Queensland Council of Social Service (QCOSS) says the decision of the Meeting of Attorneys General (MAG) regarding the minimum age of criminal responsibility is meaningless.
“This ‘announcement’ is just political smoke and mirrors. If there is real political commitment to getting young children out of the criminal justice system, the Queensland Government should be taking decisive action not announcing a proposal,” said QCOSS CEO Aimee McVeigh.
“A decision to make a plan means nothing, especially for young children who are currently spending days in watch houses.
“Children younger than 14 should not be in prison. Many 12-year-olds are still in primary school. 13-year-olds are starting their first year of high school. These formative years can set a child on a trajectory for the rest of their lives.
“This proposal would not even meet the bare minimum standard that legal and medical experts including the Law Council and Australian Medical Association say is necessary: to raise the age to at least 14 years old.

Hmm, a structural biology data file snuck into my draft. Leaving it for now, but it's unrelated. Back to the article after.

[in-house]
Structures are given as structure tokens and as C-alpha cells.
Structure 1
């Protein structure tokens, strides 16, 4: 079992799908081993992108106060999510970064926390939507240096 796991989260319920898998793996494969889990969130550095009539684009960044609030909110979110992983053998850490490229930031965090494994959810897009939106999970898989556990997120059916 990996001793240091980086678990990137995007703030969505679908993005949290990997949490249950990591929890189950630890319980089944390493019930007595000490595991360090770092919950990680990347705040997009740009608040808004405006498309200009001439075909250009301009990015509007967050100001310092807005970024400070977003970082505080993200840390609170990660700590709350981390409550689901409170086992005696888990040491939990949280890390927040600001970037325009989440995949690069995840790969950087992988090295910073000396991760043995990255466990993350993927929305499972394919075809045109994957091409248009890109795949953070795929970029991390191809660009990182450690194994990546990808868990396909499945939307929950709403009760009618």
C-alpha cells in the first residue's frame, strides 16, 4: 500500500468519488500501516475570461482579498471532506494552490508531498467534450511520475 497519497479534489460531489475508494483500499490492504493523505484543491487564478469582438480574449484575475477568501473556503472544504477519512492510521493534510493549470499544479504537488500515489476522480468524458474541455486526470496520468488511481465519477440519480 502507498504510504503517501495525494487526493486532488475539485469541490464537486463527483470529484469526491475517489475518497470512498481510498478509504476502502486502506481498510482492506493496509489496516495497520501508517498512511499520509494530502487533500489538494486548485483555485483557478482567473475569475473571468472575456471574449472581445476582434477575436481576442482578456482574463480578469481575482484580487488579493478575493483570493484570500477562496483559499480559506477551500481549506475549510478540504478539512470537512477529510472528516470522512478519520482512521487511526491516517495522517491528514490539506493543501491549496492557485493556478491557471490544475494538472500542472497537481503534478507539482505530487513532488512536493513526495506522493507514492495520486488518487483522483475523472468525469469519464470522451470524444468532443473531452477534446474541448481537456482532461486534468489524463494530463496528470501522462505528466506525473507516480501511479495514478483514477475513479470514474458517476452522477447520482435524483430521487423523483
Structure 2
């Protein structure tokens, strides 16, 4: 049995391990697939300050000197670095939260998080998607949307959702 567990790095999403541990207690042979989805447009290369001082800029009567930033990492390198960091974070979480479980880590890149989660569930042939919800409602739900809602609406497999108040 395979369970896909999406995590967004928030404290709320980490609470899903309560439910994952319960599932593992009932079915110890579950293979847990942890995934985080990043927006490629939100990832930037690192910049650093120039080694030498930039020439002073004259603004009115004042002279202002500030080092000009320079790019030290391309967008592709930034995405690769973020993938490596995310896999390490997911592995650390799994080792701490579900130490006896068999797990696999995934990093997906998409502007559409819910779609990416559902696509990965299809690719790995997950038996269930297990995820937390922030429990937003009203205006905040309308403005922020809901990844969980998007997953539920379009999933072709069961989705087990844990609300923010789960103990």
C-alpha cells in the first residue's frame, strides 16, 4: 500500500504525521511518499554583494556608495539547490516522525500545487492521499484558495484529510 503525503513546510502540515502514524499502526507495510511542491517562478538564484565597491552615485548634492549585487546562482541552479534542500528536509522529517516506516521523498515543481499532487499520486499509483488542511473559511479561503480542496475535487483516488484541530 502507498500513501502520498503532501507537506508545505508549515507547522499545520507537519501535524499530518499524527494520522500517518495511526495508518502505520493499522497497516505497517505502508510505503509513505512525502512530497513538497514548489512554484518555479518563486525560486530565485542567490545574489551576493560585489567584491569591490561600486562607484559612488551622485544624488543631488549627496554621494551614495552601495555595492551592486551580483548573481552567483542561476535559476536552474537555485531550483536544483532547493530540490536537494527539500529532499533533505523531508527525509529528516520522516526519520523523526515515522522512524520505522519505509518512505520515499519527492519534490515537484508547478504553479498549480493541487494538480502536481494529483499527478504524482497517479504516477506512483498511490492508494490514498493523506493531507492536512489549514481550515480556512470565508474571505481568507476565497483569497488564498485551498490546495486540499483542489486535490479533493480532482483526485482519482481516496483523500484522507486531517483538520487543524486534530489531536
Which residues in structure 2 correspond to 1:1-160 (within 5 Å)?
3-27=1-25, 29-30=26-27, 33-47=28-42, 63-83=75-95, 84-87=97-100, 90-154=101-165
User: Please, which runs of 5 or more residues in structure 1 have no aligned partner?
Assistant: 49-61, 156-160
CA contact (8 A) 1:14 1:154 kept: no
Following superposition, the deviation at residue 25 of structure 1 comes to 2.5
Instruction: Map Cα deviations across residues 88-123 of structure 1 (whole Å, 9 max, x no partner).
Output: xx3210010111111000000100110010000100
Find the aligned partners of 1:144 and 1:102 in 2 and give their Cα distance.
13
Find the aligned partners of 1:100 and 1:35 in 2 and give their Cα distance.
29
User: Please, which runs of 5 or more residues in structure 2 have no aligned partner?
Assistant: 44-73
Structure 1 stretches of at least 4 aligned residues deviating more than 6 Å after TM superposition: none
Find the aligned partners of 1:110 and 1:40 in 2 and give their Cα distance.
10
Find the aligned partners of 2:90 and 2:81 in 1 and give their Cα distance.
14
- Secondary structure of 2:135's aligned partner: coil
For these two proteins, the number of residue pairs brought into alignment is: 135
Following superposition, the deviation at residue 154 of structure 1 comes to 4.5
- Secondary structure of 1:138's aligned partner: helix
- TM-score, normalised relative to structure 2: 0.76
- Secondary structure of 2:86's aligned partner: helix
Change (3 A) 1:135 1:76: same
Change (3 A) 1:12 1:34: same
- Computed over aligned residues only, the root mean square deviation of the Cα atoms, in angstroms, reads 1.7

“Covid-19 has taught us that governments can make transformative decisions overnight and that medical evidence should be followed. You can’t pick and choose the medical advice you follow.
“Three years ago, the Attorneys-General committed to explore options to raise the age. All they have done since then is kick the can down the road, while hundreds of Queensland’s children have remained behind bars.
“This is a further attempt to avoid responsibility for proper consideration of this critical reform and only serves to destroy the lives of Queensland’s kids before they even get the chance to attend high school.
“We must raise the age to 14. Anything else is a retrograde failure,” said McVeigh.